«£10,000 a year tax-free effort-free to property speculators in the South on a gross median income of around £20-25,000 per year.»

To belabor the point, it is not something significant but small like £1,000-£2,000 a year, it is a around £1,000 *per month* tax-free effort-free for people on median incomes, something like a 70% boost of their after tax income. Who needs safe jobs or good pensions, trade unions or the Labour party when they get so much thanks to City, Treasury and Bank of England?

«the Corbynites are trying to change what determines an election»

The property speculators of the South have not sold out for peanuts, for a mess of pottage, but for a really significant chunk of yearly free money, and that continues to determine elections.

In the good old times that kind of yearly money went into funding final salary pensions and other benefits, but unfortunately it was "invisible" to the average voters, and it went to everybody with a job, and it came out of the pockets of business owners.

That £10,000 a year for median income voters not only is huge, and goes mostly to toryish swing voters in the South, and it comes out of the pockets of the poorer half of residents, but it is highly visible, all newspapers celebrate loudly bigger better property prices, and indeed can be cashed in easily with a visit to the local remortgage shop at low low rates thanks to demand and wages being pushed down by fiscal and labour policy.

Has Uncle Jeremy got something bigger and more visible to buy voters in the South than Slimy George does or Slick Tony did?

jake

Yes if we had sufficient demand our economy could absorb immigrants and not experience wage suppression on the job market.
But we don't so can we please pursue a policy that protects our indigenous working class,or is that too much to ask for.

greg

Blissex: "This is in part direct, because for many voters close to retirement or retired the employment and wages of people on a lower income are a cost to them they want to minimize."

Yes! Liquify the capital needed to support your future! Those clever Tories! They must know that if they let the real economy crumble, they will still have more than enough money to eat to satisfy their appetite.

Good thing they have modern macro to point to to justify their conclusion.

Just kidding. Macro's understanding of money is based on a failure of composition: Although $100 adds $100 to the wealth of an individual, that does not imply that all the money in an economy *adds* anything to the wealth of that economy.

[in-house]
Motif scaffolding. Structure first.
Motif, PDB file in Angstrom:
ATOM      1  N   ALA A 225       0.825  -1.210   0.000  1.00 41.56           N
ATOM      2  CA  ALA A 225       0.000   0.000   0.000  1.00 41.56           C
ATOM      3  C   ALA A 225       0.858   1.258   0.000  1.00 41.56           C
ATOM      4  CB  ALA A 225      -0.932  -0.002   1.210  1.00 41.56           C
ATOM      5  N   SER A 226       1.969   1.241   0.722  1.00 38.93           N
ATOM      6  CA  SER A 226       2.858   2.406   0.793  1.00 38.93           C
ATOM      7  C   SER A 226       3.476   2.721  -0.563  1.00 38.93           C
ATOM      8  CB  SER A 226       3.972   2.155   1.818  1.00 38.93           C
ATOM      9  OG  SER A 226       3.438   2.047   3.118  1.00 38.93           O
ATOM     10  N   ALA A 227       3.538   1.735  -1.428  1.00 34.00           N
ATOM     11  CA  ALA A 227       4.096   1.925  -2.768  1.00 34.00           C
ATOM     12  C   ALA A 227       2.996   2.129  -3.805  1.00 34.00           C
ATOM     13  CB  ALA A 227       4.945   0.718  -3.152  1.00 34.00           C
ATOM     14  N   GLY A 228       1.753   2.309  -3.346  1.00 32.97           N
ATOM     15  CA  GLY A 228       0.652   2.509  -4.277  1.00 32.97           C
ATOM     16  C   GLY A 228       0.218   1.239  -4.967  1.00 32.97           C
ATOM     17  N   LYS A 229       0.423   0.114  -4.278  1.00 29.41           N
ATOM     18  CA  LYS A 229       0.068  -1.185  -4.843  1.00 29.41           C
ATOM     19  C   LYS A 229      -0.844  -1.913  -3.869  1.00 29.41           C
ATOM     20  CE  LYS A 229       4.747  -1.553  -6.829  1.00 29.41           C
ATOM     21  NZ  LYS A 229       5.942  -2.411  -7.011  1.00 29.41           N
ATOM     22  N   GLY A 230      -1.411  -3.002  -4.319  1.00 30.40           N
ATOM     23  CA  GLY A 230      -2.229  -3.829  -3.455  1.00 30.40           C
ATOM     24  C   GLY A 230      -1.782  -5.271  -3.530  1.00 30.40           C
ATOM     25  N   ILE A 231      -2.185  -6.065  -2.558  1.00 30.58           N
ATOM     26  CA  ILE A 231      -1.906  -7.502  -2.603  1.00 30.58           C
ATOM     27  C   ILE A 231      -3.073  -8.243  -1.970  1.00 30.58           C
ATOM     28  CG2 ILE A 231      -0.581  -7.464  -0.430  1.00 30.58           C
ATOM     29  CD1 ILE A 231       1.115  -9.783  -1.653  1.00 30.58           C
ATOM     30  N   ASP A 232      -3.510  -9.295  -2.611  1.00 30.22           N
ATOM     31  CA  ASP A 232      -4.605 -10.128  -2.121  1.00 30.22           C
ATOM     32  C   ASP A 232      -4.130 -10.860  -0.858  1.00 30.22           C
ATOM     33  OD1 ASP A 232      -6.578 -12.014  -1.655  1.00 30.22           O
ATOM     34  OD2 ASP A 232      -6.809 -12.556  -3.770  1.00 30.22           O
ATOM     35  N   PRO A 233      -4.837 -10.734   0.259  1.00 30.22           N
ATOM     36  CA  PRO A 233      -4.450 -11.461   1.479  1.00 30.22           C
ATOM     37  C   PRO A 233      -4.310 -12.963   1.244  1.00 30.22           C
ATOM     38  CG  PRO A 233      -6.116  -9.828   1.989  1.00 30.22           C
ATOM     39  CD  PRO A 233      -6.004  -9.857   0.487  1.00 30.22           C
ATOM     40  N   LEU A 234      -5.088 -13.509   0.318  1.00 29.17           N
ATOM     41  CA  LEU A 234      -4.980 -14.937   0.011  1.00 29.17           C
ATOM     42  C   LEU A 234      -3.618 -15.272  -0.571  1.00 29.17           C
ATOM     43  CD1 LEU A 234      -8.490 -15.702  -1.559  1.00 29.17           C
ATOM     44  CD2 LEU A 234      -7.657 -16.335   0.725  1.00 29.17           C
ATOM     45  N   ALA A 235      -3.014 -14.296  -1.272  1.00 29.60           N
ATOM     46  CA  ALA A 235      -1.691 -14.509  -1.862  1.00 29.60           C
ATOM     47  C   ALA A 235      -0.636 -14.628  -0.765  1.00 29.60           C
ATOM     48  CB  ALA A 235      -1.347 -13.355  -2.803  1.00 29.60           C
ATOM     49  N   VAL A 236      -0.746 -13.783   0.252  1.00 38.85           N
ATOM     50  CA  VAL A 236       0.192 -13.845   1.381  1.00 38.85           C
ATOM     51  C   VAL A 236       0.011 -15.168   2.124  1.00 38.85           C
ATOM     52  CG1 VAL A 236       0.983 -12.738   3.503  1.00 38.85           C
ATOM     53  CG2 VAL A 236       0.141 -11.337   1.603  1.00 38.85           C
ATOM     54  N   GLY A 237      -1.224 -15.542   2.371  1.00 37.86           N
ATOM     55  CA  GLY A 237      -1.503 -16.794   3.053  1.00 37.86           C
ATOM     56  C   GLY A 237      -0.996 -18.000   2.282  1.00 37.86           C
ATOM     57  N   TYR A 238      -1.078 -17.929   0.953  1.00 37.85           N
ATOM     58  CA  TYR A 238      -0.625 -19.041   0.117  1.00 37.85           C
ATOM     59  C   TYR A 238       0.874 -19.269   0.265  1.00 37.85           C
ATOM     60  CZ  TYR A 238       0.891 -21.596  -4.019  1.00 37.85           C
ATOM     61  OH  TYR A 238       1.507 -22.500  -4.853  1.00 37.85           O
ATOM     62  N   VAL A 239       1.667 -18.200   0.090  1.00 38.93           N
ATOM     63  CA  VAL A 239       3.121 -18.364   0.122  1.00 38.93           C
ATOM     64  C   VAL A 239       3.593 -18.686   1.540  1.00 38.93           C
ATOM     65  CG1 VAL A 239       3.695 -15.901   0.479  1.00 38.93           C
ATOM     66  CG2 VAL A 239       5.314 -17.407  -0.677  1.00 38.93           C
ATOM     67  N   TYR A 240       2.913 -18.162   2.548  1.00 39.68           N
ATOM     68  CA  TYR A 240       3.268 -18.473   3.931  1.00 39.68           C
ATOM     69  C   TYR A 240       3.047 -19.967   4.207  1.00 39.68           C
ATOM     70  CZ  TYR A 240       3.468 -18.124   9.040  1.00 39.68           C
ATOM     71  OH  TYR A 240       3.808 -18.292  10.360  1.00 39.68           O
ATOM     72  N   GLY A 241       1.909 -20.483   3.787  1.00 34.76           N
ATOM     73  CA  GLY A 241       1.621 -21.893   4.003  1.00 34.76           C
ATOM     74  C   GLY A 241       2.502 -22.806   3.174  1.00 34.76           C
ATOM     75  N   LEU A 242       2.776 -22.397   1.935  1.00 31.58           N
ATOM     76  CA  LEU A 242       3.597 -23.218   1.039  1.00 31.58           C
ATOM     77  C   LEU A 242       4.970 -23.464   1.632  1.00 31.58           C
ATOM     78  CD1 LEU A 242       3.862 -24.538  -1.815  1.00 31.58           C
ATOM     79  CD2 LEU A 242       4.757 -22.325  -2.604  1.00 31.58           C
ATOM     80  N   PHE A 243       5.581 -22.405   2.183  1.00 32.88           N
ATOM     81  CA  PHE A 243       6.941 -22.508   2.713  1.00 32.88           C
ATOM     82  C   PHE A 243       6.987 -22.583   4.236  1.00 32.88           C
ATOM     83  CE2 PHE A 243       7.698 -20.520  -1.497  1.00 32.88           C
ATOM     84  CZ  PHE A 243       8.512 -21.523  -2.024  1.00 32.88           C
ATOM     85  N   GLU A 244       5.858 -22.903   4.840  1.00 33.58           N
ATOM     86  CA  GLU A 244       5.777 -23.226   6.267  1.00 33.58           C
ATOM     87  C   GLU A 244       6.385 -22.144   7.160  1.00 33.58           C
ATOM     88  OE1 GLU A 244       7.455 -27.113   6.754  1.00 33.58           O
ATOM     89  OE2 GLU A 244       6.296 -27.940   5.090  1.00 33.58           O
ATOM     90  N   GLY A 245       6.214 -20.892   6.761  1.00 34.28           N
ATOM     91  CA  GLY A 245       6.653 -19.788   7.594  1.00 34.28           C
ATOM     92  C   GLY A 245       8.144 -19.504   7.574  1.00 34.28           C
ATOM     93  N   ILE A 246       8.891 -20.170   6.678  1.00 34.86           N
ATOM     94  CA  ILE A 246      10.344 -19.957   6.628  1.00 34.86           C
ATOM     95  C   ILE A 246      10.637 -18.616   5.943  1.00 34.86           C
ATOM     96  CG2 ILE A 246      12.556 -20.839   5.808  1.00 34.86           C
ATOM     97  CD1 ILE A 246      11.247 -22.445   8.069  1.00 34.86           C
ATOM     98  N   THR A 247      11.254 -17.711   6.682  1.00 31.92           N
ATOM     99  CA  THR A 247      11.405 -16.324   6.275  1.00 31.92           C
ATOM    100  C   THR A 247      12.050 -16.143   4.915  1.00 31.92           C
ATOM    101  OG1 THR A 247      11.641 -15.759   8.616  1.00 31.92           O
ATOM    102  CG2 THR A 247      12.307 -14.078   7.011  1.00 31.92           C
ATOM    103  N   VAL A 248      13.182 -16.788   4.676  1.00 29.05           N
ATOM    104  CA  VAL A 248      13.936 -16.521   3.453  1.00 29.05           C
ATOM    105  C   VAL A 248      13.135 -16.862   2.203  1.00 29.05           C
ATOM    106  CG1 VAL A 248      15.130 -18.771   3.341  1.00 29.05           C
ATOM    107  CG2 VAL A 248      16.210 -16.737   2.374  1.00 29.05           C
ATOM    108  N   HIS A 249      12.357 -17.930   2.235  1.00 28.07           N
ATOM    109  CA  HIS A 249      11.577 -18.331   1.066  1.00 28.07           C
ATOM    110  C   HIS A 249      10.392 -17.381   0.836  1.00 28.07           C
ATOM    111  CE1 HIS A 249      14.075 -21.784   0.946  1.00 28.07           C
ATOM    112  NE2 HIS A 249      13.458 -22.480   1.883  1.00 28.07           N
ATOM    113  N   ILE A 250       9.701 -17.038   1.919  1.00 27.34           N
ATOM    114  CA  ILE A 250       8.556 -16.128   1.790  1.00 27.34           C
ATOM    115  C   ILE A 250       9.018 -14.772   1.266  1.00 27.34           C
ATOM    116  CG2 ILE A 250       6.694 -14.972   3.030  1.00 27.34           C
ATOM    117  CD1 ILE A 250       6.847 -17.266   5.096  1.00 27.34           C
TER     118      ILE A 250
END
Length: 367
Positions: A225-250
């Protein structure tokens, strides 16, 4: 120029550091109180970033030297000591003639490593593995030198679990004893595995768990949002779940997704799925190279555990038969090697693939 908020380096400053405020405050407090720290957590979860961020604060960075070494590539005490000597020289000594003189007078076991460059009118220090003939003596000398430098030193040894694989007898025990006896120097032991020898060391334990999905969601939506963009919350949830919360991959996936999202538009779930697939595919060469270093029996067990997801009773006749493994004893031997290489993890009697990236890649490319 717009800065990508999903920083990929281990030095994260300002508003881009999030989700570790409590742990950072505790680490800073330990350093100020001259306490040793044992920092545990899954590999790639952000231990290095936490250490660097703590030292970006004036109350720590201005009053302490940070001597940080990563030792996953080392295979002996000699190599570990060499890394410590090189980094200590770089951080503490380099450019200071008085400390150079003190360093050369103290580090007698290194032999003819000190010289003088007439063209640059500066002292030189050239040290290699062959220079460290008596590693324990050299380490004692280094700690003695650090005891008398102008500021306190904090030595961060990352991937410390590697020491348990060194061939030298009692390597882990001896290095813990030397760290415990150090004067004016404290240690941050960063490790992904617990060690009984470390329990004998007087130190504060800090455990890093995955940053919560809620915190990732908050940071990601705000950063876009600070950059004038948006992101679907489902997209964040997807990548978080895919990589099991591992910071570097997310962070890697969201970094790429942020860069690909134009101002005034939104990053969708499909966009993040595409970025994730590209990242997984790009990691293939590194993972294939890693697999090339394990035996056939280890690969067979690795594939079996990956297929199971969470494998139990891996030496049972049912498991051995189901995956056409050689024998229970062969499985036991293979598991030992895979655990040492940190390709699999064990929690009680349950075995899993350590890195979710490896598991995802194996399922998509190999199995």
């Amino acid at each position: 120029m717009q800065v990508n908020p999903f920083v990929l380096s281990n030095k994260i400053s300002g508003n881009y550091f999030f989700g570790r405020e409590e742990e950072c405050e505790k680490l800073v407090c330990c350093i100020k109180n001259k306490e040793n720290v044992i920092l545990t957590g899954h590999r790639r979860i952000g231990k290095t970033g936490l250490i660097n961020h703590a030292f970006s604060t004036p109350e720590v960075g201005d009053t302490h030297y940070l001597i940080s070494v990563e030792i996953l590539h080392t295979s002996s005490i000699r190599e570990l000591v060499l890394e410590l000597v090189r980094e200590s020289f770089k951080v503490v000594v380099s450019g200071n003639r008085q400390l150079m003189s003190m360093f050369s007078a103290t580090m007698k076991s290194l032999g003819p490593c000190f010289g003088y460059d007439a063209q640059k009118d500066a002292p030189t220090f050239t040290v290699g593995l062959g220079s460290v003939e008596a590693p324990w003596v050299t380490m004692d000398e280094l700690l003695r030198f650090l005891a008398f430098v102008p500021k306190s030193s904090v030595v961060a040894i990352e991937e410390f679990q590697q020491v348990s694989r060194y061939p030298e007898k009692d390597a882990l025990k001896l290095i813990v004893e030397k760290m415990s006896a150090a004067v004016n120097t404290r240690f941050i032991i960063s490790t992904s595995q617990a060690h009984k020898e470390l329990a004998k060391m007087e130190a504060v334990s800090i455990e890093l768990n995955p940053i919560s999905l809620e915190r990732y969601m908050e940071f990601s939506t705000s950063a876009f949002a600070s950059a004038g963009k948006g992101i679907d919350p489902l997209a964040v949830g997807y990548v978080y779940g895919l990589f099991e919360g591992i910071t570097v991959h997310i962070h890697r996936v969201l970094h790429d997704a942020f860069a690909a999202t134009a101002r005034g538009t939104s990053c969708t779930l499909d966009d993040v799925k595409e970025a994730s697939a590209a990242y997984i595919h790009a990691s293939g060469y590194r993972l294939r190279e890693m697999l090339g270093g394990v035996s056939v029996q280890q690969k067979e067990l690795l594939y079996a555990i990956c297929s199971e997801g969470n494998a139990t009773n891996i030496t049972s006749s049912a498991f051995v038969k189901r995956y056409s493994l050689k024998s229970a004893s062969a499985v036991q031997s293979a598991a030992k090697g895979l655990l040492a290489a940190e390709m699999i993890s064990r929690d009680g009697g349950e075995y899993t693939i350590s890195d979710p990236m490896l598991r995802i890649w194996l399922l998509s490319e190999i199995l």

Policy based on this failure of understanding will also fail. Spectacularly.

Bob

"Although $100 adds $100 to the wealth of an individual, that does not imply that all the money in an economy *adds* anything to the wealth of that economy."
Idiot.
Of course it does. It means stuff that otherwise wouldn't get made or done is produced.

Blissex

«"Although $100 adds $100 to the wealth of an individual, that does not imply that all the money in an economy *adds* anything to the wealth of that economy."
[ ... ] stuff that otherwise wouldn't get made or done is produced.»

Not so simple: only if there are unused resources, and even then it may add worthless stuff, or stuff that gets made or done in another country, and to whom and in which degree matters too.

Plus in the UK the central bank has an inflation target, so in theory there is always "full" employment, that is the level of employment that is compatible with the inflation target. :-)

In any case property price capital gains, the preferred vehicle for big yearly handouts to buy tory voters in the South, are necessarily purely redistributive: when a property goes up by £10,000 in a given year no new stuff has been made or done to justify that £10,000, it is purely redistributive rent.

Via trickle-down some of that may end up employing someone who was unemployed, but not necessarily in the UK.

But a policy of large scale upward-redistribution that funds a small flow of trickle down is the toriest of the "private keynesian" policy spectrum. Thus the preferred one by "making speculation pay for hard waiting families" George Osborne and David Cameron.

And exceptionally popular with swing voters in "aspirational" suburbs in the South...

Too bad that the Bennites/Corbyinites seem to be that they can win a majority of seats with just thr votes of the working class and the poor who just wan t good jobs, decent pensions, and affordable rents. That won't happen wihout a massive final crash of the credit and asset pice bubble disilllusioning the "Blow you, I am allright" median income property speculators in the South.

Blissex

As to the Bennites/Corbyinites I treasure this really lucid, heartfelt entry from T Benn's diary, 1986-03-24:

«The Party's Campaign Strategy committee, where four men and a woman from something called the Shadow Agency made a presentation.